Reaction to Obama Speech -- Raising Top Tax Rates Will Hurt Private Businesses

April 13, 2011

In a speech today outlining his policy prescriptions for reducing deficit, President Obama is expected to renew his call for raising the top income tax rates on high-income families. As we reported in a study last September, such a tax hike would largely impact taxpayers with business income.

Here are some basic facts on taxpayers and business income[1]:

The frequently cited statistic that raising the top tax rates would "only" impact 2 or 3 percent of tax returns is misleading. Those 2 or 3 percent represent the most profitable and growing "flow-through" businesses that are key to economic recovery.

More than 74 percent of tax filers in the highest tax bracket report business income, compared to 20 percent of those at the lowest bracket. More than 40 percent of private business income is earned by taxpayers paying the top marginal rate.

Of the roughly $864 billion in taxable business income reported on individual tax returns in 2008, nearly 68 percent was claimed on by taxpayers earning over $200,000 and 35 percent was claimed by those earning over $1 million.

In 2007, the federal government taxed more business income under the individual income tax code than under the traditional corporate tax code.

More than half of all corporations today are so-called S-corporations rather than traditional C-corporations. Owners of S-corps pay their business taxes on their individual income tax returns, not a corporate return.

Assessing the $624 billion tax increase on high-income taxpayers in Obama's 2011 budget, Tax Foundation economists estimated that 39 percent - or $246 billion - would come from business income.

In 2007, there were 30.1 million private businesses (sole proprietors, S-corporations, LLCs, and partnerships), nearly three times as many as there were in 1980.

The table below illustrates the distribution of business income for taxpayers filing at each marginal tax rate if the top rates were to increase to 36 and 39.6 percent. Clearly, those in the top brackets will bear the brunt of the higher taxes.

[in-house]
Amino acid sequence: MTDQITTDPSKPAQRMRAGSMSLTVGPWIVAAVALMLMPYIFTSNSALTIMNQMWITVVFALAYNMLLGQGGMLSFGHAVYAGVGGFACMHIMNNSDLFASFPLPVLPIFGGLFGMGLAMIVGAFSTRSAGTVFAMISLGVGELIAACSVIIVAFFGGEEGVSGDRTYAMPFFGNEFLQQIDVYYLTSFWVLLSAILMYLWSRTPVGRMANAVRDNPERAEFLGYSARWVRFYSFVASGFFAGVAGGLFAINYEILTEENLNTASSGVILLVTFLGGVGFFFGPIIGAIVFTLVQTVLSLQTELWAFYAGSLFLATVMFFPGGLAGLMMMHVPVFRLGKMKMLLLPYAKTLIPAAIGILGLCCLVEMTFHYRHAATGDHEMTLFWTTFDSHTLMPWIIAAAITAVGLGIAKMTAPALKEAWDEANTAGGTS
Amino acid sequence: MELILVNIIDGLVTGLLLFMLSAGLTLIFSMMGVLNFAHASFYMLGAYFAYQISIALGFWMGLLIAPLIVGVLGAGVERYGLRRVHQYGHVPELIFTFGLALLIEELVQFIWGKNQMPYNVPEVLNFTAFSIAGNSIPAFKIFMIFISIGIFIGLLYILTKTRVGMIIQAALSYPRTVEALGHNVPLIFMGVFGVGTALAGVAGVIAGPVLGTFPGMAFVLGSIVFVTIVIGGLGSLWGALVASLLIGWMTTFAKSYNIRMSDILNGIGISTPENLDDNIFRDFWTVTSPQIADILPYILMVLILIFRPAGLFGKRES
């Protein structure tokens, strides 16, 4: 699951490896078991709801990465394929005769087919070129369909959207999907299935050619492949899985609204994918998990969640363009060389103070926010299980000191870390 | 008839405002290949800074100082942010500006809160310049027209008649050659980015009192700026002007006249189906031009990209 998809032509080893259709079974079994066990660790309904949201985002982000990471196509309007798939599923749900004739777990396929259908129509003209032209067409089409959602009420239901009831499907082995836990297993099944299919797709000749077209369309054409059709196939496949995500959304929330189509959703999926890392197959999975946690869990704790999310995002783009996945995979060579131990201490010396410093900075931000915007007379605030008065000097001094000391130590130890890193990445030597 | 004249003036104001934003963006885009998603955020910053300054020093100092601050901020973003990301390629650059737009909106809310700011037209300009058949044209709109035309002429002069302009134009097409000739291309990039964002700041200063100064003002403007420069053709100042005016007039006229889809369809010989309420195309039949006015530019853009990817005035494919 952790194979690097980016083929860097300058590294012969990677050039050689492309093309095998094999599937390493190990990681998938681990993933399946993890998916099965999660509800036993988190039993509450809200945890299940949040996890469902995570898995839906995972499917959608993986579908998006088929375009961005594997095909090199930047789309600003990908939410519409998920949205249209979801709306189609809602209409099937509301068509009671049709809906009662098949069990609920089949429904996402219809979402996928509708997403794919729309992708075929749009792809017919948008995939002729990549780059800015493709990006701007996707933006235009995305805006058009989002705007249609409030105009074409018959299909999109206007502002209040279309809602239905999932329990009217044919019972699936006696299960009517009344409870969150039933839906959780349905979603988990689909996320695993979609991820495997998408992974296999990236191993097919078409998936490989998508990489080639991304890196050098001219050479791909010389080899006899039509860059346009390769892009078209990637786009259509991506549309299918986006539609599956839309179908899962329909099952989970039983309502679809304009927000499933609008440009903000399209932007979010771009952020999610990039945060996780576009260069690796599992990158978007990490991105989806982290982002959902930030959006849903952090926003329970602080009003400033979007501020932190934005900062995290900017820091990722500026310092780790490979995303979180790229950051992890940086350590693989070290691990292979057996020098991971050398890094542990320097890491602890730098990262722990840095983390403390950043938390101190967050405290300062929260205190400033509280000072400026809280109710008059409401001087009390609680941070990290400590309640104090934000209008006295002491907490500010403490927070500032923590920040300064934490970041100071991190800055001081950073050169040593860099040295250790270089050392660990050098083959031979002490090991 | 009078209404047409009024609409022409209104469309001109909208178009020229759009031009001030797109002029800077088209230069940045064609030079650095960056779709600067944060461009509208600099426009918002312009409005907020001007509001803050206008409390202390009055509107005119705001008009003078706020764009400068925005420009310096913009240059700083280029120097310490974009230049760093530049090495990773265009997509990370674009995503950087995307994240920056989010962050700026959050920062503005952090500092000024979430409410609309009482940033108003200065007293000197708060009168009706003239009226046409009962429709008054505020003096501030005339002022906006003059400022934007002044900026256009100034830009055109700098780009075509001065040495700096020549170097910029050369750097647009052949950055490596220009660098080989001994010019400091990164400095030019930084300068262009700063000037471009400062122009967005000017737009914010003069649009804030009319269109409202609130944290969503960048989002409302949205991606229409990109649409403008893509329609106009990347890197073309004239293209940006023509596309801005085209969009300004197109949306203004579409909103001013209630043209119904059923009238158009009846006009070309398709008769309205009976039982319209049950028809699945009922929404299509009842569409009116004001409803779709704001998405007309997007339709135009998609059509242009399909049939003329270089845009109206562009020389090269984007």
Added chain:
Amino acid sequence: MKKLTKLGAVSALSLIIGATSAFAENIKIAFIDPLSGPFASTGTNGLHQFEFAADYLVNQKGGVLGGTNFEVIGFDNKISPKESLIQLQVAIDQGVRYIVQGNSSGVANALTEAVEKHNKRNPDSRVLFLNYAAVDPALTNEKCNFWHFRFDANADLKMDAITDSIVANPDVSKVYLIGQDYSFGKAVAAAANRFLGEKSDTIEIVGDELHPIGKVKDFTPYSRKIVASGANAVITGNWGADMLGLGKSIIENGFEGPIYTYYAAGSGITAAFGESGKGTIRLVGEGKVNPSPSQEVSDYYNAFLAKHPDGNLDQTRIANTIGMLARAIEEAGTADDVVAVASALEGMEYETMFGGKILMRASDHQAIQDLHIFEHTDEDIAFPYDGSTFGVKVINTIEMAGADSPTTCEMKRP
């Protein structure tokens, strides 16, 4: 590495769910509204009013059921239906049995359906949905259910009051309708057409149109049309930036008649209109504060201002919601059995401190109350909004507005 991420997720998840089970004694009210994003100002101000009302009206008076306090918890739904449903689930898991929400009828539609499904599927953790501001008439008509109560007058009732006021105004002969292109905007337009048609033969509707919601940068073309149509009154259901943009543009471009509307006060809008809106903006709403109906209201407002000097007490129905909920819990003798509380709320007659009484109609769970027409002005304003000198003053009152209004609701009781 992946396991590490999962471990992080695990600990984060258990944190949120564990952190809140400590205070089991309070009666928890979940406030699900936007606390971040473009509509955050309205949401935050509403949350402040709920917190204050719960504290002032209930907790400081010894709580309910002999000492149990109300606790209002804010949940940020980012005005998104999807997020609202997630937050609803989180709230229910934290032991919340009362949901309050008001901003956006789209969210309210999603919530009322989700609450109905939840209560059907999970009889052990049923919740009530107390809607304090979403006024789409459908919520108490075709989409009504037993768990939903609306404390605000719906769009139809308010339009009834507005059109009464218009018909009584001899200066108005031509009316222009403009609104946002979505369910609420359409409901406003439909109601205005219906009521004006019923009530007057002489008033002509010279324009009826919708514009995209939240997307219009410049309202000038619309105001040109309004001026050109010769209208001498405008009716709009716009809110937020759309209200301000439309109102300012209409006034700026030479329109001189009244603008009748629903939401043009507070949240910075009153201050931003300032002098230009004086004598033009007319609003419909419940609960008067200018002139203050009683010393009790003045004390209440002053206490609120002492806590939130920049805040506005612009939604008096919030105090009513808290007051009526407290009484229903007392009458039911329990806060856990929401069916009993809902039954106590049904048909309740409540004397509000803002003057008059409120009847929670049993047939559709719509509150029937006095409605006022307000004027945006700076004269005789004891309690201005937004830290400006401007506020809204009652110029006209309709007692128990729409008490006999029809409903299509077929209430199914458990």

Table 1: Distribution of Business Income by Statutory Marginal Tax Rate, 2011
Baseline: Current Policy Plus Administration's Upper-Income Tax Proposals

Statutory Marginal Income Tax Rate

Number of Tax Units Reporting Business Income (Thousands)

Percent of Total Reporting Business Income

Percent of Bracket Reporting Busines Income

Amount of Positive Business Income (Billions)

Percent of Total

Non-filers

981

2.7

4.9

 $             3.1

0.3

0

9,201

25.5

31.4

 $           59.5

6.2

10

4,951

13.7

19.9

 $           45.9

4.8

15

10,777

29.9

21.7

 $         113.1

11.8

25

6,180

17.2

26.2

 $         114.2

11.9

26 (AMT)

932

2.6

46.8

 $           37.5

3.9

28 (Regular)

1,082

3.0

36.4

 $           48.6

5.0

28 (AMT)

1,028

2.9

59.7

 $         113.5

11.8

36

272

0.8

65.7

 $           39.0

4.0

39.6

622

1.7

74.2

 $         388.2

40.3

All

36,026

100.0

23.2

 $       962.5

100.0

Source: Urban-Brookings Tax Policy Center Microsimulation Model (version 0509-5).


[1] Scott A. Hodge, "Over One-Third of New Tax Revenue Would Come from Business Income if High-Income Personal Tax Cuts Expire," Tax Foundation Special Report No. 185, September 2010. http://www.taxfoundation.org/files/sr185.pdf

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